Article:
The Imaginarium Comic Con Film Festival (unrelated to the Imaginarium Convention Film Festival listed above) is a traveling film festival that shows its movies at a few different cons. This year they are screening at Wisconsin Comic Con, Atlanta Comic Con, Tampa Bay Comic Con, Michigan Comic Con, and Indiana Comic Con.

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Good list shame this wasn’t displayed at the top of this year I could have entered a few. Thanks for the info Carlo.

Seattle International Film Festival is a well-respected regional fest, a general fest, but in the last couple years they have created a specific thread for Episodics within their ShortsFest weekend. We screened our pilot for CUDDLE in an episodic package that was really strong and brought in a number of filmmakers from around the country.

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Wasn’t that as a result of absorbing Seattle Web Fest?

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Yes, that’s right.

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Hey,

Bumping this up. Wondering if anyone else has experience with NYC Web Fest? Considering applying, but haven’t seen too much on it and their fee is pretty hefty. Thoughts?

Cheers!

@pablo ?

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My web series got into the “Made in NY” category a couple of years ago. Here are my takeaways:

  1. The organizers are super nice. They seem to really want to help and are flexible if you can’t make their deadlines.
  2. They’re a bit disorganized. Their instructions weren’t always clear. The website is not organized logically. They miss their own deadlines. Uploading your media was a weird process in which everyone was given the same login for a Dropbox. I think this is (or was) not a lack of discipline but a function of them learning on the job.
  3. The awards show was fun. They had some tech issues, but it didn’t matter much. It was a festive atmosphere––great for networking and just having a good time.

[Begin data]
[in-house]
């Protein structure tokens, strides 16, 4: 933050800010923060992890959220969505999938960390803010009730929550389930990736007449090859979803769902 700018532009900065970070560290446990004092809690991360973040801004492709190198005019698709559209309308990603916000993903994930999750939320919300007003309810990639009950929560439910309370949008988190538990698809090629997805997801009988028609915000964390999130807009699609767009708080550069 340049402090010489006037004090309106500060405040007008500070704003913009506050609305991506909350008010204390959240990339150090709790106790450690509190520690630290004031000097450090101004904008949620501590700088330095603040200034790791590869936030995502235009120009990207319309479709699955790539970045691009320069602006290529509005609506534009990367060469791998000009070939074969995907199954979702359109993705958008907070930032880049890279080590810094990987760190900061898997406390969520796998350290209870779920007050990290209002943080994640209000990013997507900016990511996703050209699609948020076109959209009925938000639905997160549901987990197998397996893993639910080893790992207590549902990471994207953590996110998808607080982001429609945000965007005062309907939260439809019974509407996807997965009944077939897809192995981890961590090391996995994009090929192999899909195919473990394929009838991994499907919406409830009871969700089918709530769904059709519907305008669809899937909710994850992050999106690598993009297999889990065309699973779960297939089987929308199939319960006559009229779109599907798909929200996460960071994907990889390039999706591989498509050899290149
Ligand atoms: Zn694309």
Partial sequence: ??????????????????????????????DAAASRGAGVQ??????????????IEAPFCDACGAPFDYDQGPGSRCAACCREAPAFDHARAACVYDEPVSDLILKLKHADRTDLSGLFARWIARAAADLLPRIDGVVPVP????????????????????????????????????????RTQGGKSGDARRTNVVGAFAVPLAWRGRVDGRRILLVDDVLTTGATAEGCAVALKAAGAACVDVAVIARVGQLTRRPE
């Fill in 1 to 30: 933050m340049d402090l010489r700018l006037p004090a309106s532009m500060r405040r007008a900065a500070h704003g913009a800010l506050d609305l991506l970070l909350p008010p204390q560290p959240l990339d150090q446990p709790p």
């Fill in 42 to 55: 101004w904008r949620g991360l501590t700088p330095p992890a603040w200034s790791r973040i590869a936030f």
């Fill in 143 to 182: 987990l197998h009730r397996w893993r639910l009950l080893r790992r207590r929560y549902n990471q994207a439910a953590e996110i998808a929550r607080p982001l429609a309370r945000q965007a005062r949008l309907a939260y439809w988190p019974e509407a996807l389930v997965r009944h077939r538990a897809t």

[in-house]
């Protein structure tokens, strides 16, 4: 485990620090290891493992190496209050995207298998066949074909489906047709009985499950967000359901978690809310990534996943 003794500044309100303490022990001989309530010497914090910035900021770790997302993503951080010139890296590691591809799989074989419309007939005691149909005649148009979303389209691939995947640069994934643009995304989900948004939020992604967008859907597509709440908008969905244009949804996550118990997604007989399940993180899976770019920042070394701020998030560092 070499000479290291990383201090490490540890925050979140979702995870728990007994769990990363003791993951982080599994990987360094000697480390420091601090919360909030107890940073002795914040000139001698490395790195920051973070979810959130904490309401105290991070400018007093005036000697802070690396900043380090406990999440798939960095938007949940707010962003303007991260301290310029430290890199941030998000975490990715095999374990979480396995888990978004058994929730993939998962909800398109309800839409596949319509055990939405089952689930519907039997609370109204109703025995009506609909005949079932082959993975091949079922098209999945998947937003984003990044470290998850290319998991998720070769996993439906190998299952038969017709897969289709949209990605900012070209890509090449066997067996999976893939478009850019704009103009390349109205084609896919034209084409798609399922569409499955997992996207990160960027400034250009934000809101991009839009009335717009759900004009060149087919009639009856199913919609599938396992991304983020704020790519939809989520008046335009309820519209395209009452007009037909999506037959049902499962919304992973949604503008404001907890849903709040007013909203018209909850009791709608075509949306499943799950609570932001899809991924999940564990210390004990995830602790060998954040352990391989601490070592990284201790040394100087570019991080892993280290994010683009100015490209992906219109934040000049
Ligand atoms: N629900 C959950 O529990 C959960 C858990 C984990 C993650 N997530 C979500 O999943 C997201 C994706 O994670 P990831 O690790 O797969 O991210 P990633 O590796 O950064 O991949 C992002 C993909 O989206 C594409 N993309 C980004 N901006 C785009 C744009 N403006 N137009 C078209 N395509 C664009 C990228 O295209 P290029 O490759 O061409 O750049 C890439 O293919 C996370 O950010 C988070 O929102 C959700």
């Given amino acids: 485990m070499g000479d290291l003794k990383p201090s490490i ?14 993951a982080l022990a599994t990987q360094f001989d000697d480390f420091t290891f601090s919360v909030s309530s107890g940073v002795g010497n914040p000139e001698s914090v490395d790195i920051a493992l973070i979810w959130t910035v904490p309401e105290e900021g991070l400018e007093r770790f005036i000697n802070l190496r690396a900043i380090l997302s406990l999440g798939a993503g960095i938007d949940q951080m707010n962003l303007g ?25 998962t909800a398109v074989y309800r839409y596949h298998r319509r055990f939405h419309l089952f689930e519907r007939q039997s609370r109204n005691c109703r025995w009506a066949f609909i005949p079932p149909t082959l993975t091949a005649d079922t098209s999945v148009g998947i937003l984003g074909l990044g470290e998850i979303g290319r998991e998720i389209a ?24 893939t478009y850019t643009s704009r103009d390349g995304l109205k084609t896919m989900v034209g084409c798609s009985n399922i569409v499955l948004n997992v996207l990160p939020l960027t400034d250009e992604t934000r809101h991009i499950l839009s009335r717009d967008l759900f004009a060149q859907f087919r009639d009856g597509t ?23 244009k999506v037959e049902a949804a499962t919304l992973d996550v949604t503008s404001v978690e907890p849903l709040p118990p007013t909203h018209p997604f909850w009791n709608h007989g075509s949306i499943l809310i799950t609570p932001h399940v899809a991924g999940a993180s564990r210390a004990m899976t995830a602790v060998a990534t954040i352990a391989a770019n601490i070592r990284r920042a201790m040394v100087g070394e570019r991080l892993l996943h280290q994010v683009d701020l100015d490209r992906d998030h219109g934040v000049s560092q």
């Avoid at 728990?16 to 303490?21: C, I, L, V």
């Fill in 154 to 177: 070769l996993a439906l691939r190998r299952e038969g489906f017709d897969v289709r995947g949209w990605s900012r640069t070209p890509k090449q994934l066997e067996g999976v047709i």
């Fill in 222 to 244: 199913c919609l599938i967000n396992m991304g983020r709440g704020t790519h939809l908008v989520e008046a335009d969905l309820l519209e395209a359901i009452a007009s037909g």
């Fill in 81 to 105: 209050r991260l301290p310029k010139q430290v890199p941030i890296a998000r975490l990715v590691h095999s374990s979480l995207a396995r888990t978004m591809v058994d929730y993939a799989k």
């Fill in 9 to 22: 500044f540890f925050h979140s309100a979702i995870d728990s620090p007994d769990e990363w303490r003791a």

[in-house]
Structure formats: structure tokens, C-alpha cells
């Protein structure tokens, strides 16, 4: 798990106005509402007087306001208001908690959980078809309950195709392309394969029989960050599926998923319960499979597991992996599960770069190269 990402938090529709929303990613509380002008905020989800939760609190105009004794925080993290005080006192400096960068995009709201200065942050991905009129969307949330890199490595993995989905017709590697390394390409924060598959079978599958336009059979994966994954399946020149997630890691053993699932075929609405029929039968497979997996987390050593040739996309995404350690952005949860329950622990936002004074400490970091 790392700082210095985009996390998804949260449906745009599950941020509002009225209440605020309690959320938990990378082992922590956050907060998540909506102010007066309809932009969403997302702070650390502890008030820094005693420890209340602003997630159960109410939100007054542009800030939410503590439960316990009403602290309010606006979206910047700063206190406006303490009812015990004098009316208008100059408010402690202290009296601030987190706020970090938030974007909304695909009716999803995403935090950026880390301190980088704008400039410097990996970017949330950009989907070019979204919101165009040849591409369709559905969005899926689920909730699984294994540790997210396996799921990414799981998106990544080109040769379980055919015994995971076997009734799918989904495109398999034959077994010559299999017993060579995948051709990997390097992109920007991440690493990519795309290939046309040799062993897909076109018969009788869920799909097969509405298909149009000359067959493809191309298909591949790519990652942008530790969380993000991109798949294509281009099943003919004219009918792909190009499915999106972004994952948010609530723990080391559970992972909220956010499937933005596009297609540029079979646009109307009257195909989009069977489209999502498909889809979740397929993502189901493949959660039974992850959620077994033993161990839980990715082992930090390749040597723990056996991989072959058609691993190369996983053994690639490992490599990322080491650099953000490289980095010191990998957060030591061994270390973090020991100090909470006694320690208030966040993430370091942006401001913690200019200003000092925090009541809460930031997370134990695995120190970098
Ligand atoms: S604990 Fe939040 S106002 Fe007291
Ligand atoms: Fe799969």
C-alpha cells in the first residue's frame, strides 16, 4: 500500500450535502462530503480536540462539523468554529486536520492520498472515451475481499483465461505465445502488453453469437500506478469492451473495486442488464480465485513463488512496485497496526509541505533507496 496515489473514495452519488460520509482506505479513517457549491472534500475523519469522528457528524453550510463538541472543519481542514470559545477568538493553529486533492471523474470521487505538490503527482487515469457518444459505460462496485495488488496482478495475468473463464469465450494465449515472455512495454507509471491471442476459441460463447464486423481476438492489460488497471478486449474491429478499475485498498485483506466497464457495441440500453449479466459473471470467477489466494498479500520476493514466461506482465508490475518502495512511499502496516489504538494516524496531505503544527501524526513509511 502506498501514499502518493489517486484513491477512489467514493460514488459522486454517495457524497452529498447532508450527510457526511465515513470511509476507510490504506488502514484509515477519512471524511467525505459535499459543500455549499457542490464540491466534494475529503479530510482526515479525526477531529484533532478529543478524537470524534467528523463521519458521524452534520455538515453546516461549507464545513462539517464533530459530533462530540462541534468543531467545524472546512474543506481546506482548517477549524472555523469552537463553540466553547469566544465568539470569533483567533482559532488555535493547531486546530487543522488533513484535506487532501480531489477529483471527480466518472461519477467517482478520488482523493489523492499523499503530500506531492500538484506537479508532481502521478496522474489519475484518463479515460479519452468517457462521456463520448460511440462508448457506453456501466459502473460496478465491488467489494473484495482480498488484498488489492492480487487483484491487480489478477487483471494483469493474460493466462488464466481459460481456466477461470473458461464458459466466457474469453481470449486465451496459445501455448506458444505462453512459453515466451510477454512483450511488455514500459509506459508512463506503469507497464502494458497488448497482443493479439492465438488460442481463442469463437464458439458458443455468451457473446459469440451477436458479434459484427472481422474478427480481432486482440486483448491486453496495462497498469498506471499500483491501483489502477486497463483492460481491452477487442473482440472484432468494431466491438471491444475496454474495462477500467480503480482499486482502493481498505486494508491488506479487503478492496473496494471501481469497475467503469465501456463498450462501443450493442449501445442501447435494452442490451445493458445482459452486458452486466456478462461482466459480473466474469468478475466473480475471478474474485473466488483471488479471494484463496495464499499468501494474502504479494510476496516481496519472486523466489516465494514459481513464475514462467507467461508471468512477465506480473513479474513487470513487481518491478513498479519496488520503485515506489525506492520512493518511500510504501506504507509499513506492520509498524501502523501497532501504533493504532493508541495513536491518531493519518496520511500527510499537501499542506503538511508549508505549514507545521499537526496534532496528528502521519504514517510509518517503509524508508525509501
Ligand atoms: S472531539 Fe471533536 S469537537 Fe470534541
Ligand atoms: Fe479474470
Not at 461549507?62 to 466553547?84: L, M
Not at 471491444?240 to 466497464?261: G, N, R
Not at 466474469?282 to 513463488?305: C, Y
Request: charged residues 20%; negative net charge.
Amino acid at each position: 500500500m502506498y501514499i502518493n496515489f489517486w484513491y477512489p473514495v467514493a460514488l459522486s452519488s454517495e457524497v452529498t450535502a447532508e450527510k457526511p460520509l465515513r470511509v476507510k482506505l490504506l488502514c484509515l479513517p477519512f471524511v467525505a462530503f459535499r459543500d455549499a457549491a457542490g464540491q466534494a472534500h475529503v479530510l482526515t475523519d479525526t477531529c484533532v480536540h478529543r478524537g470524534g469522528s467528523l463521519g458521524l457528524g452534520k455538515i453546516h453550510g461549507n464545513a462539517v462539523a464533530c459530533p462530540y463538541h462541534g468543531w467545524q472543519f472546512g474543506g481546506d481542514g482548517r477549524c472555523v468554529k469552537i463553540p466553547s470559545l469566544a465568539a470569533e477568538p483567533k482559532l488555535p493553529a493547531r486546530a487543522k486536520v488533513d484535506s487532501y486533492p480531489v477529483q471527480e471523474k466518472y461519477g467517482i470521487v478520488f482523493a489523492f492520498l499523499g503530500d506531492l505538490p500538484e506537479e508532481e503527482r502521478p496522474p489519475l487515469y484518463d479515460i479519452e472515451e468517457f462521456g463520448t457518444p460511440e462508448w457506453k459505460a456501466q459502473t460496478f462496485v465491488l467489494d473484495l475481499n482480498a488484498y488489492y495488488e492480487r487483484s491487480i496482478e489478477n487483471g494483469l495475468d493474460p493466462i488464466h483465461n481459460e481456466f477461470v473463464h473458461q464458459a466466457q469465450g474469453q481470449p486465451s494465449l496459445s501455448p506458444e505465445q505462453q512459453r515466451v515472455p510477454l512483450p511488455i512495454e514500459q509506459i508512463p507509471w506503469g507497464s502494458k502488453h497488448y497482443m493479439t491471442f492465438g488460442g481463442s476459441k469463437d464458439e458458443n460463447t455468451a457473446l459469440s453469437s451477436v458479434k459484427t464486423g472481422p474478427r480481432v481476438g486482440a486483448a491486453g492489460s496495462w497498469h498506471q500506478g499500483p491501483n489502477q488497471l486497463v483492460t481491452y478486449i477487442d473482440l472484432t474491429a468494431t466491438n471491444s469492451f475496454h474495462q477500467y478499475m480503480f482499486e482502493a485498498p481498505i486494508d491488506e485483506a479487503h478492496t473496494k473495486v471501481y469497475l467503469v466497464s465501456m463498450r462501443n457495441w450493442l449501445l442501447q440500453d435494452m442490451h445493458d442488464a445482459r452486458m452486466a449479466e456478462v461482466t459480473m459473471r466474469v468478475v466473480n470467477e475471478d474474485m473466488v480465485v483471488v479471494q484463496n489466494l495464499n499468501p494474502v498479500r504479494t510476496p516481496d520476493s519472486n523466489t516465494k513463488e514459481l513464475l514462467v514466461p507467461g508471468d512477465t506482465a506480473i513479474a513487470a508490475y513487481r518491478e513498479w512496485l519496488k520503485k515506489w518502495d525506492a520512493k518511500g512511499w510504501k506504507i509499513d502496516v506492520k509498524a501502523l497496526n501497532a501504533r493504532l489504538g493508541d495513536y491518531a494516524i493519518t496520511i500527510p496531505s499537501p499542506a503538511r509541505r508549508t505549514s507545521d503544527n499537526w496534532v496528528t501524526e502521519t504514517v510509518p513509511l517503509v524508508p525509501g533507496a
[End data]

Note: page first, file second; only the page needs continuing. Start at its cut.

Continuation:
We didn’t win, so I don’t know how effective a win at NYC Web Fest is for promoting your show. It’s also been a couple of years so they have worked out some of those kinks I mentioned.

In sum, there was organizational issues, but I had fun and felt part of a community. It depends on what your priorities are.

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Hey!

Apologies for another bump to this thread. Wasn’t sure if this warranted a new topic or not. Does anyone have experience with the WRPN.TV Global Webisode Competition (https://filmfreeway.com/WRPNTVGlobalWebisodeCompetition)? I applied on a whim a while back and just discovered I’ve been selected (yay!), but I can’t find much info about it.

I got into it once, about 2 years ago.

It was online-only, with the screenings and Q&A done via streaming/conferencing. Since then I’ve decided not to apply for online-only festivals anymore as they’re not great for networking, which is the main point for me.

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That’s definitely a good point. But it otherwise seemed legit and well-run for what it was?

Yes, it seemed legit, I never felt there were any red flags.
I honestly don’t remember anything about how well-run it was.